Saturday, January 10, 2009

The Downsides of Widespread Homeownership; Have Americans Overinvested in Housing? Probably


From the Richmond Fed article "House Bias: The Economic Consequences of Subsidizing Homeownership":

The homeownership rate is about 68% now (see chart above). Perhaps the best policy question is no longer why the homeownership rate in the United States is so low. A question that economists might ponder instead is: Why should we want the homeownership rate to be so high?

The Downsides of Widespread Homeownership

1. The current policies produce an economy in which housing investment is generally higher than it would be if government didn’t favor it. Simply put, Americans may have overinvested in housing. And every dollar that is invested in housing stock is a dollar not invested in a more productive use elsewhere. That results in a net reduction in overall economic efficiency.

2. It's not clear that using a home purchase as a primary vehicle for a family’s investment is sound financial advice. Robert Shiller, an economist at Yale University and an expert on national housing markets, has estimated that “from 1890 through 1990, the return on residential real estate was just about zero after inflation.” Throw in the costs of maintenance of the property and it’s easy to see how renting could certainly be cheaper than owning, even if you include the tax advantages. Yet the opportunity cost of those home investments — the foregone investment opportunities elsewhere — go largely unseen.

3. The costs of owning a home go beyond the financial commitments too. Being tied down to a house tends to make people less likely to leave an area in which employment prospects are deteriorating. After all, terminating a lease is much less costly and time-consuming than foreclosing on a house or selling a home, even if the owner breaks even on the transaction. Economists predict this would lead to a decline in “labor mobility,” the ability for people to move to where the jobs are.

4. Homeownership also tends to contribute to adverse political incentives. Incumbent homeowners have an interest in keeping their property values high and have been shown statistically to have a bias in favor of land-use regulations. These restrictions limit the number of houses that can be built in any geographic area and, consequently, keep housing inventory low and property values artificially inflated.

16 Comments:

At 1/10/2009 10:13 AM, Blogger PeakTrader said...

Related comment:

How to Spur an Economic Boom

Once the market is cleared of excess assets and goods, then nominal output (i.e. real output and inflation) will expand. An expansion in nominal output will raise "animal spirits," generating a virtuous cycle of economic growth. The most efficient way to spur an economic boom is a large tax cut, e.g. $2,000 per taxpayer (through a freeze on federal tax collections and an increase in unemployment benefits).

Krugman's slow, inefficient, and unfair plan:
New York Times
The Obama Gap
By PAUL KRUGMAN
Published: January 8, 2009

Bear in mind just how big the U.S. economy is. Given sufficient demand for its output, America would produce more than $30 trillion worth of goods and services over the next two years. But with both consumer spending and business investment plunging, a huge gap is opening up between what the American economy can produce and what it’s able to sell.

Even the C.B.O. says, however, that “economic output over the next two years will average 6.8 percent below its potential.” This translates into $2.1 trillion of lost production. “Our economy could fall $1 trillion short of its full capacity,” declared Mr. Obama on Thursday. Well, he was actually understating things.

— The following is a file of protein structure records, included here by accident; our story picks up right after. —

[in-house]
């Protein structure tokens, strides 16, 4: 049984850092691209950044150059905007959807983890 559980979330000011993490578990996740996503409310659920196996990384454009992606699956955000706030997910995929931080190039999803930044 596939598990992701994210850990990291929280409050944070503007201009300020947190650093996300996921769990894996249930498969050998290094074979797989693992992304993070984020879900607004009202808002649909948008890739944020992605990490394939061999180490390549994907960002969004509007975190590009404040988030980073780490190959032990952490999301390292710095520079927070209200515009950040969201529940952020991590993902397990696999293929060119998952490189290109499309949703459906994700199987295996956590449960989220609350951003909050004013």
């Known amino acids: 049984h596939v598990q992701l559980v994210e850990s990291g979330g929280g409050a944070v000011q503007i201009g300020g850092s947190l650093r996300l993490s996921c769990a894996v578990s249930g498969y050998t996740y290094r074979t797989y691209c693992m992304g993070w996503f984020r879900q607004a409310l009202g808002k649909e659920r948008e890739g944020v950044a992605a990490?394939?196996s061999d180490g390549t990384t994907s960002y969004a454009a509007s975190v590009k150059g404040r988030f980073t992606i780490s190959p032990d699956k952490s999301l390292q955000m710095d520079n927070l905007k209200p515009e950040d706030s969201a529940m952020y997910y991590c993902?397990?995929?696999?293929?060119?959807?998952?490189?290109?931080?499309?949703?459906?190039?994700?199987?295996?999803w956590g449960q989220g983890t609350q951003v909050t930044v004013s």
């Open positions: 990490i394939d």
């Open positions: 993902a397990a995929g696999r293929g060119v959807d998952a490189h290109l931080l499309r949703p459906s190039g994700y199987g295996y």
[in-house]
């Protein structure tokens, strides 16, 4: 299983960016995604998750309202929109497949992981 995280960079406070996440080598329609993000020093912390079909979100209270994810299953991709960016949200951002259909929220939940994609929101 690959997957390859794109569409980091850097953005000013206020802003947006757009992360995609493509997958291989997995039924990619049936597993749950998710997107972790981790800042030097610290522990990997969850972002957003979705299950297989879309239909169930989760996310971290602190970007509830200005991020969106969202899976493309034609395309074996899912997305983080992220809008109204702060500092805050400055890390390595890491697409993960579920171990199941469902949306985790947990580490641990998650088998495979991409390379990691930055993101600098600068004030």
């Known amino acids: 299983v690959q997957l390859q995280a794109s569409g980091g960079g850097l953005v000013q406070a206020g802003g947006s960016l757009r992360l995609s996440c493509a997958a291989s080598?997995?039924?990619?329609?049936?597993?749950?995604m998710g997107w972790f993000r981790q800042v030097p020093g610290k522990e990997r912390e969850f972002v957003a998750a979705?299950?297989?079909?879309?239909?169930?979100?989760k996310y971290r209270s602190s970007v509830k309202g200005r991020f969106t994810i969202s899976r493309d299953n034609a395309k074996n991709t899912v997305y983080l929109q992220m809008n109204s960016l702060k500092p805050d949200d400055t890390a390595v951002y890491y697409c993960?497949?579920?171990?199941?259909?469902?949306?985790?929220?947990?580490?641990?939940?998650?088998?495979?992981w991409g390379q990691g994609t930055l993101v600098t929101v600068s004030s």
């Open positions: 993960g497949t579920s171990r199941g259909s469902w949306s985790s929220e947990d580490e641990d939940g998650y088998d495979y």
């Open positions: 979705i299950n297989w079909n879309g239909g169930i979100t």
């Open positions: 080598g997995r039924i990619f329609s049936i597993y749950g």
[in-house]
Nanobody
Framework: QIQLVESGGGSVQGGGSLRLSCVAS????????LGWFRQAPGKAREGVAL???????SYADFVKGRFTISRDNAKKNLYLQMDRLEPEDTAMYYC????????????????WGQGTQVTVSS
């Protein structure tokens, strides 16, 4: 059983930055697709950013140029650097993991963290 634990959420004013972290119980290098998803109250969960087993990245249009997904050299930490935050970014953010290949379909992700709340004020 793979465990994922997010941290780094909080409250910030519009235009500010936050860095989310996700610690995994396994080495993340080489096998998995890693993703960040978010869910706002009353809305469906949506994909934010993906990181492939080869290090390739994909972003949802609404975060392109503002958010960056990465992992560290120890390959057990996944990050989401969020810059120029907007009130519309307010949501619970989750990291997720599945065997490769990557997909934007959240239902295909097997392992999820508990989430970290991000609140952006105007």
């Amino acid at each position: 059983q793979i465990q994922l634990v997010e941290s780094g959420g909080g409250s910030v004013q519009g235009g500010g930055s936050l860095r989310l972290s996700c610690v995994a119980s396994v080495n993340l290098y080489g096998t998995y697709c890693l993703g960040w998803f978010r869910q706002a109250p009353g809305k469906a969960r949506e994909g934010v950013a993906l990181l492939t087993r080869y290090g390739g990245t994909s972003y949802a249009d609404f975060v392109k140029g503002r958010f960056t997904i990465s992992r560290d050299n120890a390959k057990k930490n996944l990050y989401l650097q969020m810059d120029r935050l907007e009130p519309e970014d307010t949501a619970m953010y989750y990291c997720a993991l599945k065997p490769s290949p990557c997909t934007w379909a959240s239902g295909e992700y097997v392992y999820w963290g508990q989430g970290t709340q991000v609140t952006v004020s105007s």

To close a gap of more than $2 trillion — possibly a lot more, if the budget office projections turn out to be too optimistic — Mr. Obama offers a $775 billion plan. And that’s not enough.

Now, fiscal stimulus can sometimes have a “multiplier” effect: In addition to the direct effects of, say, investment in infrastructure on demand, there can be a further indirect effect as higher incomes lead to higher consumer spending. Standard estimates suggest that a dollar of public spending raises G.D.P. by around $1.50.

But only about 60 percent of the Obama plan consists of public spending. The rest consists of tax cuts — and many economists are skeptical about how much these tax cuts, especially the tax breaks for business, will actually do to boost spending. (A number of Senate Democrats apparently share these doubts.) Howard Gleckman of the nonpartisan Tax Policy Center summed it up in the title of a recent blog posting: “lots of buck, not much bang.”

The bottom line is that the Obama plan is unlikely to close more than half of the looming output gap, and could easily end up doing less than a third of the job.

 
At 1/10/2009 10:44 AM, Blogger ngthagg said...

it’s easy to see how renting could certainly be cheaper than owning

I don't think it's easy to see this at all. The linked article does not include a reference to Shiller unfortunately. But the quote implies that return on residential real estate is based on the full purchase cost of a home.

But the money you pay into a mortgage can not all be considered an investment, because no one is able to direct 100% of that money elsewhere. A certain base amount goes to providing shelter. Suggesting that that money could be better invested is as ridiculous as suggesting you could get a better a rate of return if the money you spent on groceries were put into stocks instead.

I wish the Richmond Fed article were more clear. Without any hard numbers to back it up, it seems to me that housing is a pretty good investment if you consider that the principal is the difference between the monthly mortgage and the monthly rent, but your return is calculated based on the entire monthly payment.

 
At 1/10/2009 10:48 AM, Blogger PeakTrader said...

I disagree with all four points:

1. Without the homebuilding boom (and related goods), U.S. actual output would have been even further below potential output.

2. Data show homeowners have substantially more net wealth than renters (e.g. $150,000 to $4,000).

3. Owning a home restricts mobility. However, more wealth increases mobility.

4. When neighborhoods cannot expand from restrictions, new neighborhoods are created.

The U.S. homebuilding boom was facilitated by "excess" capital, e.g. massive foreign capital inflows, and a record 20 consecutive quarters of double-digit earnings growth by U.S. corporations in the 2000s. Some of that excess capital flowed into the housing market.